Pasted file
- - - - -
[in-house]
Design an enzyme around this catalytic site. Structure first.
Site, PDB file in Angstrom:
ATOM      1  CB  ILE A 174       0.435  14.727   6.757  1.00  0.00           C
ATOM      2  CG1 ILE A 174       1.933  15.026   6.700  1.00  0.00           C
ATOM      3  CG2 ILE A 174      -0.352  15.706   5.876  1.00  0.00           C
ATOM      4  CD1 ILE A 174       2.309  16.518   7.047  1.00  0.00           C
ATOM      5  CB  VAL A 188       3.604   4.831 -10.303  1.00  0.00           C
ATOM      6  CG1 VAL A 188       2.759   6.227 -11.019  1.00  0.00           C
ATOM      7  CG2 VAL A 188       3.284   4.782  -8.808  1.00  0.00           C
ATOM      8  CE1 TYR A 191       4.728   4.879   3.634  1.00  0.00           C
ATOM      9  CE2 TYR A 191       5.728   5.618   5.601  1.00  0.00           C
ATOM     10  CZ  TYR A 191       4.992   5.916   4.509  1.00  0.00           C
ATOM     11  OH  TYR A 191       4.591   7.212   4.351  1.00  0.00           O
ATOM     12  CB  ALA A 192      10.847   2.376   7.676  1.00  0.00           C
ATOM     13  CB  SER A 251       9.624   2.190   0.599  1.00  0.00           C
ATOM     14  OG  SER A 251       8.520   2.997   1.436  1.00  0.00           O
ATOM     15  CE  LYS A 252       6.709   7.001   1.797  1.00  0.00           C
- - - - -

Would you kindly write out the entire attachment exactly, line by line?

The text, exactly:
[in-house]
Design an enzyme around this catalytic site. Structure first.
Site, PDB file in Angstrom:
ATOM      1  CB  ILE A 174       0.435  14.727   6.757  1.00  0.00           C
ATOM      2  CG1 ILE A 174       1.933  15.026   6.700  1.00  0.00           C
ATOM      3  CG2 ILE A 174      -0.352  15.706   5.876  1.00  0.00           C
ATOM      4  CD1 ILE A 174       2.309  16.518   7.047  1.00  0.00           C
ATOM      5  CB  VAL A 188       3.604   4.831 -10.303  1.00  0.00           C
ATOM      6  CG1 VAL A 188       2.759   6.227 -11.019  1.00  0.00           C
ATOM      7  CG2 VAL A 188       3.284   4.782  -8.808  1.00  0.00           C
ATOM      8  CE1 TYR A 191       4.728   4.879   3.634  1.00  0.00           C
ATOM      9  CE2 TYR A 191       5.728   5.618   5.601  1.00  0.00           C
ATOM     10  CZ  TYR A 191       4.992   5.916   4.509  1.00  0.00           C
ATOM     11  OH  TYR A 191       4.591   7.212   4.351  1.00  0.00           O
ATOM     12  CB  ALA A 192      10.847   2.376   7.676  1.00  0.00           C
ATOM     13  CB  SER A 251       9.624   2.190   0.599  1.00  0.00           C
ATOM     14  OG  SER A 251       8.520   2.997   1.436  1.00  0.00           O
ATOM     15  CE  LYS A 252       6.709   7.001   1.797  1.00  0.00           C